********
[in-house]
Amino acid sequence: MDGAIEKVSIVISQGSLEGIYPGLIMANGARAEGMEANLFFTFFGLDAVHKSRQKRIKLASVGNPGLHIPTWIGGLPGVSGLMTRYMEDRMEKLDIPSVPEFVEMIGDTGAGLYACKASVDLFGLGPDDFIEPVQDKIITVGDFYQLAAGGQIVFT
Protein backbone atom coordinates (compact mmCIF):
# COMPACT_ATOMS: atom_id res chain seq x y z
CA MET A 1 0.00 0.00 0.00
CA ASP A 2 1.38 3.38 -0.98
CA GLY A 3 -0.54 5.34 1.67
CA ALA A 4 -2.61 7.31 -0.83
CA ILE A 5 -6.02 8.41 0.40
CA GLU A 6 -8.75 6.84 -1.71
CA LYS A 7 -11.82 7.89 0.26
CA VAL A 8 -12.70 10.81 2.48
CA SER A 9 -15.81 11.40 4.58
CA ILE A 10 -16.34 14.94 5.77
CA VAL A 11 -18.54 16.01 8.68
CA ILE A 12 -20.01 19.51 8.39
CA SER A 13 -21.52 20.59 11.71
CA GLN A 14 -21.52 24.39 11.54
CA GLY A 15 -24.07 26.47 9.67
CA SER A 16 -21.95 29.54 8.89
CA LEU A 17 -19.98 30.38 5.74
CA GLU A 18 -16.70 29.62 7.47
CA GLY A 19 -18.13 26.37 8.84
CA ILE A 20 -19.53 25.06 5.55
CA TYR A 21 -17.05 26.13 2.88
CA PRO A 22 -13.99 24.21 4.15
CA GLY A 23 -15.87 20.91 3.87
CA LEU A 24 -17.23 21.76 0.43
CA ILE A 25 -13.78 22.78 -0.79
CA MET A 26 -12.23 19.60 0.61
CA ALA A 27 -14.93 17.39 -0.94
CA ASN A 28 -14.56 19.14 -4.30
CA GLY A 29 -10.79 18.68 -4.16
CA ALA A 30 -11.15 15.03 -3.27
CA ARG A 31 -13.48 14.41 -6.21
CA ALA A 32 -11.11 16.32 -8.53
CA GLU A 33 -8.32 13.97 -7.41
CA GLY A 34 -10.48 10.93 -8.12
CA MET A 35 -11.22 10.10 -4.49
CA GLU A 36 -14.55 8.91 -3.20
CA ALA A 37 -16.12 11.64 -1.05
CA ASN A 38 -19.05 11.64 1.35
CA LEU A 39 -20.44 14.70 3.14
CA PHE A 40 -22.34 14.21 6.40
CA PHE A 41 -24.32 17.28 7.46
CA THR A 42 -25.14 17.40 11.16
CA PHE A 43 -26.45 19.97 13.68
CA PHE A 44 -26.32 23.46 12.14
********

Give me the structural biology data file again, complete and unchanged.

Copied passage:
[in-house]
Amino acid sequence: MDGAIEKVSIVISQGSLEGIYPGLIMANGARAEGMEANLFFTFFGLDAVHKSRQKRIKLASVGNPGLHIPTWIGGLPGVSGLMTRYMEDRMEKLDIPSVPEFVEMIGDTGAGLYACKASVDLFGLGPDDFIEPVQDKIITVGDFYQLAAGGQIVFT
Protein backbone atom coordinates (compact mmCIF):
# COMPACT_ATOMS: atom_id res chain seq x y z
CA MET A 1 0.00 0.00 0.00
CA ASP A 2 1.38 3.38 -0.98
CA GLY A 3 -0.54 5.34 1.67
CA ALA A 4 -2.61 7.31 -0.83
CA ILE A 5 -6.02 8.41 0.40
CA GLU A 6 -8.75 6.84 -1.71
CA LYS A 7 -11.82 7.89 0.26
CA VAL A 8 -12.70 10.81 2.48
CA SER A 9 -15.81 11.40 4.58
CA ILE A 10 -16.34 14.94 5.77
CA VAL A 11 -18.54 16.01 8.68
CA ILE A 12 -20.01 19.51 8.39
CA SER A 13 -21.52 20.59 11.71
CA GLN A 14 -21.52 24.39 11.54
CA GLY A 15 -24.07 26.47 9.67
CA SER A 16 -21.95 29.54 8.89
CA LEU A 17 -19.98 30.38 5.74
CA GLU A 18 -16.70 29.62 7.47
CA GLY A 19 -18.13 26.37 8.84
CA ILE A 20 -19.53 25.06 5.55
CA TYR A 21 -17.05 26.13 2.88
CA PRO A 22 -13.99 24.21 4.15
CA GLY A 23 -15.87 20.91 3.87
CA LEU A 24 -17.23 21.76 0.43
CA ILE A 25 -13.78 22.78 -0.79
CA MET A 26 -12.23 19.60 0.61
CA ALA A 27 -14.93 17.39 -0.94
CA ASN A 28 -14.56 19.14 -4.30
CA GLY A 29 -10.79 18.68 -4.16
CA ALA A 30 -11.15 15.03 -3.27
CA ARG A 31 -13.48 14.41 -6.21
CA ALA A 32 -11.11 16.32 -8.53
CA GLU A 33 -8.32 13.97 -7.41
CA GLY A 34 -10.48 10.93 -8.12
CA MET A 35 -11.22 10.10 -4.49
CA GLU A 36 -14.55 8.91 -3.20
CA ALA A 37 -16.12 11.64 -1.05
CA ASN A 38 -19.05 11.64 1.35
CA LEU A 39 -20.44 14.70 3.14
CA PHE A 40 -22.34 14.21 6.40
CA PHE A 41 -24.32 17.28 7.46
CA THR A 42 -25.14 17.40 11.16
CA PHE A 43 -26.45 19.97 13.68
CA PHE A 44 -26.32 23.46 12.14